Landscape Report


Soil Basics for Improved Plant Health

constructed landscapes

Figure 1. Constructed landscapes can be amended to provide an effective growing medium for plants.

Soil is the ‘lifeblood’ of plant health. Many people tend to focus more on above ground portions of the plant than the below ground environment.  We should always remember that a plant is only as healthy as its roots.  Knowing the basics of soils will help in understanding the health of landscape plants (Fig. 1).

We know that soil takes hundreds of years to form, but what factors are needed for the formation of soil?  There are five factors that contribute to soil formation, which include, parent material, climate, biota (living organisms), topography, and time.  Each of these influences the soil that is located in our landscapes.

Soil texture is the proportions of sand, silt, and clay in a soil profile.  The soil texture is influenced greatly by the parent material.  In central and northern Indiana, glacial till has a great influence on the soils as a parent material, where thin loess is found over loamy glacial till.  Since most glacial till contains higher amounts of the smallest soil particle, clay, most of the soils in the central areas of Indiana have poor drainage, compared to areas in southern Indiana.  The proportions of sand, silt, and clay will determine many characteristics that are vital to plant health (i.e. water holding capacity, porosity, etc.) due to the size of the soil particle (Fig. 2).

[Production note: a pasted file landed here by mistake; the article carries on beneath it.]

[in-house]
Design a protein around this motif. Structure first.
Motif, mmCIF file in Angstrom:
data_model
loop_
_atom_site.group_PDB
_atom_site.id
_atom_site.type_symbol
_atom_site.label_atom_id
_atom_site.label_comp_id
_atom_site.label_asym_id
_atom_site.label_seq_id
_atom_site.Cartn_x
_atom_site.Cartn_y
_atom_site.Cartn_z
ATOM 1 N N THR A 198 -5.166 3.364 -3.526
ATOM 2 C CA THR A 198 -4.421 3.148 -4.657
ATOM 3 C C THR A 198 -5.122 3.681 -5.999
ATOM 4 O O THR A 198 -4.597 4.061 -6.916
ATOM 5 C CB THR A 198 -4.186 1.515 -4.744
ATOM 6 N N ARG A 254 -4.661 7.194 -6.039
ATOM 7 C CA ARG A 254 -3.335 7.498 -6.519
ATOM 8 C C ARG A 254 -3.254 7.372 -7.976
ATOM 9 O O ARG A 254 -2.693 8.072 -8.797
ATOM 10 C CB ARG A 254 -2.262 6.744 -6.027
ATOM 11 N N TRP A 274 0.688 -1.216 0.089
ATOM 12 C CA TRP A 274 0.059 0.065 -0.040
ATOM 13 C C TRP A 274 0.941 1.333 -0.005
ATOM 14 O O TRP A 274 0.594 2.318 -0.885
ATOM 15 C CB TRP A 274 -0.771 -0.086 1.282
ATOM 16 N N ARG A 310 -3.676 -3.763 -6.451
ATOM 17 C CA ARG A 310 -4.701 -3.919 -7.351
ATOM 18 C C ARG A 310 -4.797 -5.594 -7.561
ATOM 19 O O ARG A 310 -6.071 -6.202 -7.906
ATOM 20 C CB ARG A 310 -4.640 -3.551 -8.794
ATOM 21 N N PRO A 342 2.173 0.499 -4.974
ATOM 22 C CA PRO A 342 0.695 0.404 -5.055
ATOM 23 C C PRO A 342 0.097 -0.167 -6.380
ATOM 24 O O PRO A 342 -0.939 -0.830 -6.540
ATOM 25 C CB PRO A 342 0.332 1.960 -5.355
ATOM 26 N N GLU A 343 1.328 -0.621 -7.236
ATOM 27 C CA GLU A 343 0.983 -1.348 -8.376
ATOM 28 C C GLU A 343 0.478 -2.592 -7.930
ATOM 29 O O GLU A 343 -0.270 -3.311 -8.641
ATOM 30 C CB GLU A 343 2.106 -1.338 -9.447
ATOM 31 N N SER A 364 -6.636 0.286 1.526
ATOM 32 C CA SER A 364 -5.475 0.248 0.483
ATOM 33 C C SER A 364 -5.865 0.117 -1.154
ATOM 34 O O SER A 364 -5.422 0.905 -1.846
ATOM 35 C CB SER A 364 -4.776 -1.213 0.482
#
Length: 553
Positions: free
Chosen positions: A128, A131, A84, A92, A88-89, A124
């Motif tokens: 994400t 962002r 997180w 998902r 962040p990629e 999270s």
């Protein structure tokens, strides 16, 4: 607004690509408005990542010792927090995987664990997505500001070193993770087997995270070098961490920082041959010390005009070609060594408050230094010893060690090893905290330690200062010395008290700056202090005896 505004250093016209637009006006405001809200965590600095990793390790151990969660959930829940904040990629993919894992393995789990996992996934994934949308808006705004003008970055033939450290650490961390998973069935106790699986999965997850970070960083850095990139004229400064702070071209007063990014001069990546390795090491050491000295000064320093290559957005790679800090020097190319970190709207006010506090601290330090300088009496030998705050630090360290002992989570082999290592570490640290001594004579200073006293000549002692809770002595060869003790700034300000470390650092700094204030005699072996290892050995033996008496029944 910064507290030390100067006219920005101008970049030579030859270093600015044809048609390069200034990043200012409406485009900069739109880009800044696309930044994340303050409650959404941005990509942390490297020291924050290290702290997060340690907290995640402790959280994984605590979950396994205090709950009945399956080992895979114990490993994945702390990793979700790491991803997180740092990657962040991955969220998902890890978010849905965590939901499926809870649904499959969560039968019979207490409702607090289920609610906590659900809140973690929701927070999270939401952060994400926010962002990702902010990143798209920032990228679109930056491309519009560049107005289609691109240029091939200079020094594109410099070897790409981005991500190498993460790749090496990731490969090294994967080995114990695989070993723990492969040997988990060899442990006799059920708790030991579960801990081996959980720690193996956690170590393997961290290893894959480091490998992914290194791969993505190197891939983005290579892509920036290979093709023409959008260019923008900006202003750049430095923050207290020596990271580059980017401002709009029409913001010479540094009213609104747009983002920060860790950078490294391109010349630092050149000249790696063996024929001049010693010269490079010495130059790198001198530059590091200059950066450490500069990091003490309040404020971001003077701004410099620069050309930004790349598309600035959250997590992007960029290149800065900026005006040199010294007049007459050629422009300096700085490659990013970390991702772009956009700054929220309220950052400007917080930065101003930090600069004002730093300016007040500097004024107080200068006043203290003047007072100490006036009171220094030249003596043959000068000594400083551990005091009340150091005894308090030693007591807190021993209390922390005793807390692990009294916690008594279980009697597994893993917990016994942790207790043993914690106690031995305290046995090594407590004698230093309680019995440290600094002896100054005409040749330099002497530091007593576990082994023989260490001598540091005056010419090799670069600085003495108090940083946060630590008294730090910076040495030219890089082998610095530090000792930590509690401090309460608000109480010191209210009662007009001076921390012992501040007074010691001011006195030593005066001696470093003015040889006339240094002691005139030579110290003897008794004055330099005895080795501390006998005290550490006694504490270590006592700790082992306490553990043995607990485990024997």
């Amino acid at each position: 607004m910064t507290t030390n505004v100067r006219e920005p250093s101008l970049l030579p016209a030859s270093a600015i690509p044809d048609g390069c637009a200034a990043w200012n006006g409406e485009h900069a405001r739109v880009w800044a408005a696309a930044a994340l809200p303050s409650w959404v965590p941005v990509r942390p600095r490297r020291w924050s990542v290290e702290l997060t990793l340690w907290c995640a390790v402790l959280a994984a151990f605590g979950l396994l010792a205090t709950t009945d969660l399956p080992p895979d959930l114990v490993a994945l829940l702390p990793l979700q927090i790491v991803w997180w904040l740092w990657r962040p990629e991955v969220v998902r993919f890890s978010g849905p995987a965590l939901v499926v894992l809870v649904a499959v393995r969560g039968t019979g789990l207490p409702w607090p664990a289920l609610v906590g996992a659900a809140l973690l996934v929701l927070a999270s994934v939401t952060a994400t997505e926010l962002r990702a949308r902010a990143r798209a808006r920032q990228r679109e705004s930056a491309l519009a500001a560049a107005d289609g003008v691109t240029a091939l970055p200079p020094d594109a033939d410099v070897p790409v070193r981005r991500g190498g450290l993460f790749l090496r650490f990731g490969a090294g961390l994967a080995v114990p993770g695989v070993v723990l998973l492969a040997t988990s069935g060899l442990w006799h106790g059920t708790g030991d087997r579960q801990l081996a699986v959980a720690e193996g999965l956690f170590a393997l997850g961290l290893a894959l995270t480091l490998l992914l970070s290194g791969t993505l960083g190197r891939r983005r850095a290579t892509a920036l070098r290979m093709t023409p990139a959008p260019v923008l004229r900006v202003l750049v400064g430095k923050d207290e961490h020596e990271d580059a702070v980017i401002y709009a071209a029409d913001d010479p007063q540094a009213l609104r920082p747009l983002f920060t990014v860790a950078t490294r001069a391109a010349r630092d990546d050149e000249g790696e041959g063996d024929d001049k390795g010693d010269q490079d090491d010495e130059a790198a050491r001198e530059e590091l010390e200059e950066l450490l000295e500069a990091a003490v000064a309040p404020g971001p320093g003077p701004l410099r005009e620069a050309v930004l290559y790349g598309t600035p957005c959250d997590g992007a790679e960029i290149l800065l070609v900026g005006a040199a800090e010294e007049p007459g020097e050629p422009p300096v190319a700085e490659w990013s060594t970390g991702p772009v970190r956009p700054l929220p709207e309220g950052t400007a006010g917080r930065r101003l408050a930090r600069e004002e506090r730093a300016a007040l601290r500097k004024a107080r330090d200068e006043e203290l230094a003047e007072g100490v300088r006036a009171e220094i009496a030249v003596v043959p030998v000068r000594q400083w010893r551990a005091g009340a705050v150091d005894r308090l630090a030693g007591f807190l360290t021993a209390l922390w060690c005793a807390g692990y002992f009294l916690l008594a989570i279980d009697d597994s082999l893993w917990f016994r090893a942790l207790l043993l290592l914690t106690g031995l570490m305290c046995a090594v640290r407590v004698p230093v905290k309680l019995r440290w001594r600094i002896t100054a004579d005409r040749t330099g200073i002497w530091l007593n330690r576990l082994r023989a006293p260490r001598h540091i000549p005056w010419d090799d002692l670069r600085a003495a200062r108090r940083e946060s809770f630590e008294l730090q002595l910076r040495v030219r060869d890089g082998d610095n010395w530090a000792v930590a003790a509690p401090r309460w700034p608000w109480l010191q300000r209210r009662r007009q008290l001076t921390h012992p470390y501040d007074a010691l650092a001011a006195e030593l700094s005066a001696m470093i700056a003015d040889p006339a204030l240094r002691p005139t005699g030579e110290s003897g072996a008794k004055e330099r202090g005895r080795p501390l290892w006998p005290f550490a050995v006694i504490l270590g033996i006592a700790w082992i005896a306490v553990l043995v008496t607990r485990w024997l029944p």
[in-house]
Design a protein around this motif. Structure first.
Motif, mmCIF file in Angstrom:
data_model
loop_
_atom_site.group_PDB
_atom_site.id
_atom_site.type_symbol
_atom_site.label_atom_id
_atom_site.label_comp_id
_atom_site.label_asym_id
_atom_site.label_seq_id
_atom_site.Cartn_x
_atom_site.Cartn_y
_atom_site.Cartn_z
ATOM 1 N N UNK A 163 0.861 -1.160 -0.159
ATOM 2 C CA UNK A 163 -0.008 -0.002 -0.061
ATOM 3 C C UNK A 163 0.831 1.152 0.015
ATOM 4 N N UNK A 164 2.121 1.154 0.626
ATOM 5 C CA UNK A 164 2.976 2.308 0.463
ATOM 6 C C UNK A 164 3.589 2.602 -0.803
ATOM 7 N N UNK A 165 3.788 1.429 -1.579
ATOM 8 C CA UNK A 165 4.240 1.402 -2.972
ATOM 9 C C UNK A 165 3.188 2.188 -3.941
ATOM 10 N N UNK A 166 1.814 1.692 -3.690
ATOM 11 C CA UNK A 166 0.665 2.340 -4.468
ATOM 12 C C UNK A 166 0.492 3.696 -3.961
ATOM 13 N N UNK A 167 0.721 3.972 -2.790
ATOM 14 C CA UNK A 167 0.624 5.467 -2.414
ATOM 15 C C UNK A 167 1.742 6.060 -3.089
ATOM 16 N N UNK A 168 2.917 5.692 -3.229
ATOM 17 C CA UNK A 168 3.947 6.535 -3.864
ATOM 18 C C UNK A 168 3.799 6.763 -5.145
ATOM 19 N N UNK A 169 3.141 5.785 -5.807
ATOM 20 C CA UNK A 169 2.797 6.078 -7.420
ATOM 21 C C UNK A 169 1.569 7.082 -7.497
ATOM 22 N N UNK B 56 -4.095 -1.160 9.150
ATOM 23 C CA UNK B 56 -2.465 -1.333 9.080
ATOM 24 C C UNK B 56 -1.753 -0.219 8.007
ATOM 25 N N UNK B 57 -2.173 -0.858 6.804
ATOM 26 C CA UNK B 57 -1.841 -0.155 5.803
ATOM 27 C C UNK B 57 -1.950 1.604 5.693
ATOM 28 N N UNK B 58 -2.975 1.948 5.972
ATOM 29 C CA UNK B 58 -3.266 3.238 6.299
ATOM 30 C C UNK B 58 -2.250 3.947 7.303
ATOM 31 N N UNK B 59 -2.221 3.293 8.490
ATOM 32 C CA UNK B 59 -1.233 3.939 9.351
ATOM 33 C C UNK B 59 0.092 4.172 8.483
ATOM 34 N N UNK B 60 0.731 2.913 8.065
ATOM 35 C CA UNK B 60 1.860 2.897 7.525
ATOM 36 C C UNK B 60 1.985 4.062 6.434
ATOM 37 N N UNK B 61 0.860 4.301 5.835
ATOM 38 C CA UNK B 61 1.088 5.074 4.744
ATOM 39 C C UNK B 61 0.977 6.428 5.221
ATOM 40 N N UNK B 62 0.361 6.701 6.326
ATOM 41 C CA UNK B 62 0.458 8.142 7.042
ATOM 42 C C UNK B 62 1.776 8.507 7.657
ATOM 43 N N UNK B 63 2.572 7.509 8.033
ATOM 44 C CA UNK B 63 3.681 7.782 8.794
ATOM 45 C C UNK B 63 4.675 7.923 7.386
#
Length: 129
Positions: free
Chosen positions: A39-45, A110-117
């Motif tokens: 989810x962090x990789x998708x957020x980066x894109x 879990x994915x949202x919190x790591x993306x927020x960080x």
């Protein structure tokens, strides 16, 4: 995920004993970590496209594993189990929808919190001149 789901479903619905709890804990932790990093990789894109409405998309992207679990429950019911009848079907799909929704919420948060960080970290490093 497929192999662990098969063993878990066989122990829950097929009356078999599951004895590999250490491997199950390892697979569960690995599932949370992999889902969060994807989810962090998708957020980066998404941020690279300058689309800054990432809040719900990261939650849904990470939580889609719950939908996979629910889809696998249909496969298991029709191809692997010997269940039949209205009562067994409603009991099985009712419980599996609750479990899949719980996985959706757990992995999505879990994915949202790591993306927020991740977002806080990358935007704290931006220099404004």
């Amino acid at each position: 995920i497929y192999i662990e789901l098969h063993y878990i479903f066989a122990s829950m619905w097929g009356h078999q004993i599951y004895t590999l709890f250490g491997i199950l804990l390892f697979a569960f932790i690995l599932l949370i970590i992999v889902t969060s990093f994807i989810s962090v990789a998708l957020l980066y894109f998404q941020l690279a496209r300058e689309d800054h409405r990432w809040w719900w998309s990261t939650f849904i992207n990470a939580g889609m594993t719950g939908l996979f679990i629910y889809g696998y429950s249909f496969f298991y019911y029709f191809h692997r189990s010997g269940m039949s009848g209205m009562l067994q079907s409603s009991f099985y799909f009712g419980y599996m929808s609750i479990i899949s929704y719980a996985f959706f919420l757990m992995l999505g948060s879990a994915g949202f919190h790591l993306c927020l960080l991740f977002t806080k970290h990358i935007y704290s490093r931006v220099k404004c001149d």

Soil characteristics

Figure 2. Soil characteristics of sand, silt, and clay.

The ideal soil contains 45% mineral, 5% organic matter, 25% air, and 25% water (Fig. 3).  As we know, constructed landscapes are far from ideal.  Building up organic matter over time will improve plant health in the landscape.  Mulching your landscape beds adds many benefits, such as weed control, moisture retention, and aesthetics, but an additional benefit often overlooked is the addition of organic matter.  Organic matter aids in drainage, cation exchange capacity (CEC), and promotes beneficial microbes.

Soil components

Figure 3. Soil components for ideal plant growth.

The soil horizon is the cross-section of the soil profile, which is categorized into O, A, E, B, and C horizons.  The O horizon is the organic matter, which is located in the top one to two inches in most soil.  The A horizon is highly weathered parental material layer which is located in the top 12 inches.  The E horizon, which may or may not be present, is made of the leaching of organic matter and tends to be a white or gray in color.  This should not be confused with mottled soil due to a lack of drainage.  The B horizon is an accumulation of silicate clay, iron, gypsum, and/or calcium carbonates due to the washing out of previous horizons.  This layer is located beneath the A horizon and is 30 inches or more below the organic layer.  The final layer is the C horizon, which is the parent material and the least weathered of the layers.

There are three soil properties that are important to keep in mind for the health of plants: Physical, Chemical, and Biological (Fig. 4).  We will explore in detail each of these properties in future newsletters.

Properties of soil

Figure 4. Physical, chemical, and biological properties of soil.



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